Getting to know Belarus
Recently, I met a Polish tourist who didn’t know how to dial out to speak to her relatives in her native town. Evidently, she hadn’t encountered the Belarus.by site; otherwise, she wouldn’t have found herself in this difficult situation. Surfing the pages of Belarus.by, you can see why it’s the most convenient place to find out about the country. Just a few minutes are enough to find any answer imaginable: where to go if you fall ill in Belarus; which vaccinations are necessary; whether insurance is needed; how to behave if you fall victim to a crime or are arrested; where to rent a car; and where to exchange foreign currency.
People are also interested in the country’s flag and its territory. These are simple questions, but they are basic points of interest for every visitor. Belarus may be situated at the centre of Europe but such answers have only recently appeared on the Internet — since the launch of the Belarus.by site.
The project was initiated by the Presidential Administration on June 26th; since then, over 100,000 hits have been registered from 160 countries worldwide. “This shows the number of people who have entered the word ‘Belarus’ in a search. They find our site and use its information,” explains Igor Lutsky, First Deputy Director General of the Belarusian Telegraph Agency, who supervises the site. “On average, users visit the site for four minutes — quite a long time. Usually, they look through webpages quickly, but they tend to stay longer on our site.”
Belarus.by isn’t just a country guide; it conducts dialogues with each visitor. “We immediately understood that we need to speak to foreigners in their own languages and tell them what they’re primarily interested in while adding information which we view as important,” Alexey Matsevilo, the Head of Belarus.by Website Forwarding, tells us. “Until now, almost no one has analysed what people are interested in. Many electronic resources that have been designed for foreign readers are just translations of Russian or Belarusian texts. What may seem interesting to us, may not be to them.”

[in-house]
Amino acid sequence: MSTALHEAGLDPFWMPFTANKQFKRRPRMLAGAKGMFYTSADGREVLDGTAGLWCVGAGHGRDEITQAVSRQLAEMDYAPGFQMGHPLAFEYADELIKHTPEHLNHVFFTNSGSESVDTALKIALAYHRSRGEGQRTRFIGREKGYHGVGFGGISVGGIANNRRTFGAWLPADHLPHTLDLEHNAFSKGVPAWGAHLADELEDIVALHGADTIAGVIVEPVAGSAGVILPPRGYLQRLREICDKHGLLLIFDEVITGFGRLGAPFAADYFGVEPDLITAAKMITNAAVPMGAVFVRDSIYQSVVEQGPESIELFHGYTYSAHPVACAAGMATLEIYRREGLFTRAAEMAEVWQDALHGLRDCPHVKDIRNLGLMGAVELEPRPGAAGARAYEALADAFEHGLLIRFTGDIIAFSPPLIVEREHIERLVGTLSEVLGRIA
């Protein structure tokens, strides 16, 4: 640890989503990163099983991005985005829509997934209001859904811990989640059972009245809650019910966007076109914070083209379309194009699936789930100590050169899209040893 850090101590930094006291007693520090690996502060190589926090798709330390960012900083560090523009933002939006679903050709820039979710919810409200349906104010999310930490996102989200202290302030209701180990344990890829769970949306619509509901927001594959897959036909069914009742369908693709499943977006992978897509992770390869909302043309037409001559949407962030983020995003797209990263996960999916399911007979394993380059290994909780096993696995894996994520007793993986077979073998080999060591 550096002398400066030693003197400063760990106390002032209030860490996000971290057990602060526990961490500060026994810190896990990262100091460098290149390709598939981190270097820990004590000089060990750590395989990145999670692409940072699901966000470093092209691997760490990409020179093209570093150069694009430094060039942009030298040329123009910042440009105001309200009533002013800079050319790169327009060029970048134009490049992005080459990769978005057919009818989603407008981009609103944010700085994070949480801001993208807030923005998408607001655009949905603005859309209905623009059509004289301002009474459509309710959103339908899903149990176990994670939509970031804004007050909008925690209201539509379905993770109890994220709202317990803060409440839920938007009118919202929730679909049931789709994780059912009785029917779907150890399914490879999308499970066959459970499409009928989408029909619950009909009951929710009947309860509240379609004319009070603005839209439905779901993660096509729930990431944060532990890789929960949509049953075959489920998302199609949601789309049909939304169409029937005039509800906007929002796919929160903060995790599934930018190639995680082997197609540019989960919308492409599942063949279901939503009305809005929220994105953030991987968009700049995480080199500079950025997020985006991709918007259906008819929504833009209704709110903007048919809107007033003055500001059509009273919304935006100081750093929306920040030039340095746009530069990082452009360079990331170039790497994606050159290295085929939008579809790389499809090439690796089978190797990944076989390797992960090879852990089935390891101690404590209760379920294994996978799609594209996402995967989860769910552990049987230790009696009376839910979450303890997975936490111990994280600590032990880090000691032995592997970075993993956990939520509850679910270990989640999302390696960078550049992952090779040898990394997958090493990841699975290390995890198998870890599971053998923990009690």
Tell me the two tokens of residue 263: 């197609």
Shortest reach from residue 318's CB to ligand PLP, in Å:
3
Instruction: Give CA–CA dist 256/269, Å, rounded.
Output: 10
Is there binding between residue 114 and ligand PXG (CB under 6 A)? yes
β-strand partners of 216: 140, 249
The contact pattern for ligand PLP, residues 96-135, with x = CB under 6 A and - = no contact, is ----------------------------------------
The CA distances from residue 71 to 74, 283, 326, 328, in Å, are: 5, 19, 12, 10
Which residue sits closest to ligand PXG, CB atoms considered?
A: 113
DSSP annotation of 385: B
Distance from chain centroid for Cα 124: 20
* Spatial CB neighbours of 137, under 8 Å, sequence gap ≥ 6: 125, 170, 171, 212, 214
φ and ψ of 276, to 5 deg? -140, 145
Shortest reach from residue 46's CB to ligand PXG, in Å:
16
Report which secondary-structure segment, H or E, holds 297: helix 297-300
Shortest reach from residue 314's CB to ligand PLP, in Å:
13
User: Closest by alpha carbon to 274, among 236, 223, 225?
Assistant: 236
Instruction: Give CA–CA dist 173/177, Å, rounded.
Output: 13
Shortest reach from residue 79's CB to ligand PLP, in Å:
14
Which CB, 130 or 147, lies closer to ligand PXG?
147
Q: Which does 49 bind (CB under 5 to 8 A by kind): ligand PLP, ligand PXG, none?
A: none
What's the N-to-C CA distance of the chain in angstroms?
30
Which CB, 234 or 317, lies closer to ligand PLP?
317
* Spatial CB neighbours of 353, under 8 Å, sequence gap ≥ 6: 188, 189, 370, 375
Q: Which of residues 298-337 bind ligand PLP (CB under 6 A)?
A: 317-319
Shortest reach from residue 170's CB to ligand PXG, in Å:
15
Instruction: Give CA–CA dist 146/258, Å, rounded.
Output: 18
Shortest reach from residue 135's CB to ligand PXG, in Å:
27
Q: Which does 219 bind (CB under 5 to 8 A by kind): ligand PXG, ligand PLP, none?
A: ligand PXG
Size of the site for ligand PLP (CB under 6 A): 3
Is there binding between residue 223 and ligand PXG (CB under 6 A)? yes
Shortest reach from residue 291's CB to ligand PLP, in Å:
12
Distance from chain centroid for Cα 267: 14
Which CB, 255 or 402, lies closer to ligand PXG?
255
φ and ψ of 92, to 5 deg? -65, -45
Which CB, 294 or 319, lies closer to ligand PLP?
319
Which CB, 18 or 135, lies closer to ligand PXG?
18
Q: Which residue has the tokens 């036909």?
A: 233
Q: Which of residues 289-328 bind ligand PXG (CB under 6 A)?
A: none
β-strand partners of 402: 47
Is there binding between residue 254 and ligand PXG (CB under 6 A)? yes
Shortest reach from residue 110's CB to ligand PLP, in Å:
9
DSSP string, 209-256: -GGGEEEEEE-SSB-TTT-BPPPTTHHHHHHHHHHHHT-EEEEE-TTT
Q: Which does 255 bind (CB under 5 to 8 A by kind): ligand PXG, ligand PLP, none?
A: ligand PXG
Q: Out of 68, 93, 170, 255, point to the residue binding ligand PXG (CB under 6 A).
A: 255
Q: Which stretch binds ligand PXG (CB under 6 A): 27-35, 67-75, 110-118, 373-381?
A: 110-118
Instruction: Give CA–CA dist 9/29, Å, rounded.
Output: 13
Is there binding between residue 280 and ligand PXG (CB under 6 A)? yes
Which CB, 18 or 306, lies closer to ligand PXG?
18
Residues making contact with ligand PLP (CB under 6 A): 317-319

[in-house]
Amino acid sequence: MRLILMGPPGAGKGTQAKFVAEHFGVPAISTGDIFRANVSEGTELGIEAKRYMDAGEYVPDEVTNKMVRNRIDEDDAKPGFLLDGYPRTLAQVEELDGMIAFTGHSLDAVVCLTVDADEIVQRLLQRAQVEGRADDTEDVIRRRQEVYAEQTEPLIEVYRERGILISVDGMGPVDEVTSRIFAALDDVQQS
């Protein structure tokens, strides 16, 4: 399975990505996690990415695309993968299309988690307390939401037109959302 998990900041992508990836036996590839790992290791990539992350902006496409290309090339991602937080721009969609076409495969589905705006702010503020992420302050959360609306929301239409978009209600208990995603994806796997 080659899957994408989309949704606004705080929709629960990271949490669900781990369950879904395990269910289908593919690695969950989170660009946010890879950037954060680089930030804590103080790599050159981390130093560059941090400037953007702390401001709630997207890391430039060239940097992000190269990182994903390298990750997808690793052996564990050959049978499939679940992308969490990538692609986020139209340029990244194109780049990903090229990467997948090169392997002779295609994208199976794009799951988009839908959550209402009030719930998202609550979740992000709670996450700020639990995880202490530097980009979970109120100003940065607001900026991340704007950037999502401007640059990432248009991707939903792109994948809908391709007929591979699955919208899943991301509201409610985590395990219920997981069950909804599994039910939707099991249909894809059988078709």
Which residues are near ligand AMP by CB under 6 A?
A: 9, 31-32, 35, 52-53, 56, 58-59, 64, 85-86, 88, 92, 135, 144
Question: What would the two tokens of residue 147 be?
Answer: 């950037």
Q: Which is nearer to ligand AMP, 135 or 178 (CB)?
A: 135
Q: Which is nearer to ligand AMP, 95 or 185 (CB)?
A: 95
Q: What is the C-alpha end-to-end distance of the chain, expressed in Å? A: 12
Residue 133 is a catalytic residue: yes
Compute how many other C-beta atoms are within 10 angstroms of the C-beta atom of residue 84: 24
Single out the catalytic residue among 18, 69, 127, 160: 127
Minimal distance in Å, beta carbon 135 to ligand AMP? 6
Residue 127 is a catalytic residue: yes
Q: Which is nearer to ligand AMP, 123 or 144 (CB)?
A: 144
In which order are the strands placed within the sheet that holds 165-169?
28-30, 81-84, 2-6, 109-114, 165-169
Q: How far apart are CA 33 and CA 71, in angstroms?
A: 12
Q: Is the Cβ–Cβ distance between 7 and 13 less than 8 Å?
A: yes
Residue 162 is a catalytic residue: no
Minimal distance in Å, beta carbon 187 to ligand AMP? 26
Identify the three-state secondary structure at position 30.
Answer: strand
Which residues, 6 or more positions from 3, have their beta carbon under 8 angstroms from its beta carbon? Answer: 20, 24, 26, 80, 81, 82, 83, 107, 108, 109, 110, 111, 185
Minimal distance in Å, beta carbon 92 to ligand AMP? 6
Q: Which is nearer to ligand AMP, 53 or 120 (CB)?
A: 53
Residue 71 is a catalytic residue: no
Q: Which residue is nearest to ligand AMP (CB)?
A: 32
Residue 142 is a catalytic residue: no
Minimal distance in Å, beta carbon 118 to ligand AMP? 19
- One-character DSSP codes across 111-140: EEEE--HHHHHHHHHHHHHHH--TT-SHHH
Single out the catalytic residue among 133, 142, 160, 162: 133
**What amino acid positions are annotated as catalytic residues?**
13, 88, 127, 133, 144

The country’s major website offers no deep insights into history or economics. Rather, a brief, unambiguous picture is painted. Those who want to learn more can be sent to other ‘specialised’ resources. However, Internet users often return. The Belarus.by site offers a ‘one stop shop’ application into the entire country.
Whether you want to know how to enter the country, how to receive a visa, which hotel to stay in or where to go to see the sights, you’re sure to find what you need at Belarus.by. “All our information is practical. If you visit our website, you’ll immediately learn what’s going on in Belarus — and where. All the information is beautifully presented and clearly understandable. We’ve taken into account that lots of users arrive on our site via the Google search system, so we’ve developed an optimal key word mechanism,” Mr. Lutsky explains.
Taking into account the target audience, the site’s major language is English, accompanied by Russian and Belarusian. A Spanish version may also appear soon. Interest from the world’s two leading languages is almost equal, with 10,000 hits from Russia, 3,500 from the USA, 2,500 from Ukraine, and 1,500 to 2,000 from Lithuania, Latvia, Germany and the UK.
According to the developers, 500 hits have been seen from Mexico, 250 from Australia and 100 from Nigeria — unexpectedly. Some of the questions answered by Belarus.by employees are also quite original. For example, a Nigerian user wondered whether it’s possible to buy a Belarusian visa via Western Union money transfer. It opens new horizons in the work of Belarusian embassies, perhaps inspiring progress.
Meanwhile, Belarus.by is probably the only resource to provide full information on famous Belarusians. Mr. Lutsky notes that each country possesses famous personalities — from today and yesteryear, as well as national heroes. However, they may be completely unknown beyond the borders of their homeland. The gallery of prominent countrymen on the site has aroused hot dispute inside the country, with some complaining that outstanding names have been forgotten. Among those chosen are sports figures Olga Korbut, Maxim Mirny and Vitaly Scherbo. Also featured is Israel’s first President, Chaim Weizmann — born in Polesie. In Russia, everyone knows Belarus-born cosmonauts Piotr Klimuk and Vladimir Kovalenok. Tadeusz Kościuszko (who was born in the Brest region) is honoured in Poland as a national hero while Chile reveres Ignaty Domeiko — born near Korelichi in the Grodno region. Undoubtedly, everyone in the world knows Chagall — from Vitebsk — and the founder of Metro Goldwyn Mayer Hollywood Film Studio — Mayer from Minsk.
To set out on your virtual trip through this country located at the heart of Europe, learning the peculiarities of its cuisine and the best time for travel, which products are exported and imported, and where St. Yuri’s Day is celebrated, visit Belarus.by.
By Victor Korbut
Window into Europe’s centre
[b]Getting to know Belarus[/b]Recently, I met a Polish tourist who didn’t know how to dial out to speak to her relatives in her native town. Evidently, she hadn’t encountered the Belarus.by site; otherwise, she wouldn’t have found herself in this difficult situation. Surfing the pages of Belarus.by, you can see why it’s the most convenient place to find out about the country. Just a few minutes are enough to find any answer imaginable: where to go if you fall ill in Belarus; which vaccinations are necessary; whether insurance is needed; how to behave if you fall victim to a crime or are arrested; where to rent a car; and where to exchange foreign currency.